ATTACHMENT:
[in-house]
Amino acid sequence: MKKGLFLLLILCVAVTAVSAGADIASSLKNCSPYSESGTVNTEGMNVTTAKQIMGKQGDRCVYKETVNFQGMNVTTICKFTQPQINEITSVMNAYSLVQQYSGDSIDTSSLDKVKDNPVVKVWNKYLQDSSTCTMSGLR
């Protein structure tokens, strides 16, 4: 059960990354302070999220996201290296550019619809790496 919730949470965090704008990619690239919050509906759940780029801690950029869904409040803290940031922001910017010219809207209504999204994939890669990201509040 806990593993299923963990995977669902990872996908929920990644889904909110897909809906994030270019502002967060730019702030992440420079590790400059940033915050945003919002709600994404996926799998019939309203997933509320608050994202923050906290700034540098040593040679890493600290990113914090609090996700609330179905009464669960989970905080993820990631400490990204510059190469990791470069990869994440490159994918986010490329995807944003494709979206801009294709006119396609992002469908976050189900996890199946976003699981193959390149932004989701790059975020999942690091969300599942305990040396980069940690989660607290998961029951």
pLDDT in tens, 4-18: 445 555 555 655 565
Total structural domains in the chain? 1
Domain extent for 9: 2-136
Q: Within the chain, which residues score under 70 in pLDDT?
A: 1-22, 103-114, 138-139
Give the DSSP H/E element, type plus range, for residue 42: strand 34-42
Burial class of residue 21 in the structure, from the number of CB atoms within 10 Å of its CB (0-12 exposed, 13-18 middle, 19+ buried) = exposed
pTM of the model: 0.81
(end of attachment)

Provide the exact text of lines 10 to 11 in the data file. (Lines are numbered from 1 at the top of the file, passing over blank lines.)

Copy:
Burial class of residue 21 in the structure, from the number of CB atoms within 10 Å of its CB (0-12 exposed, 13-18 middle, 19+ buried) = exposed
pTM of the model: 0.81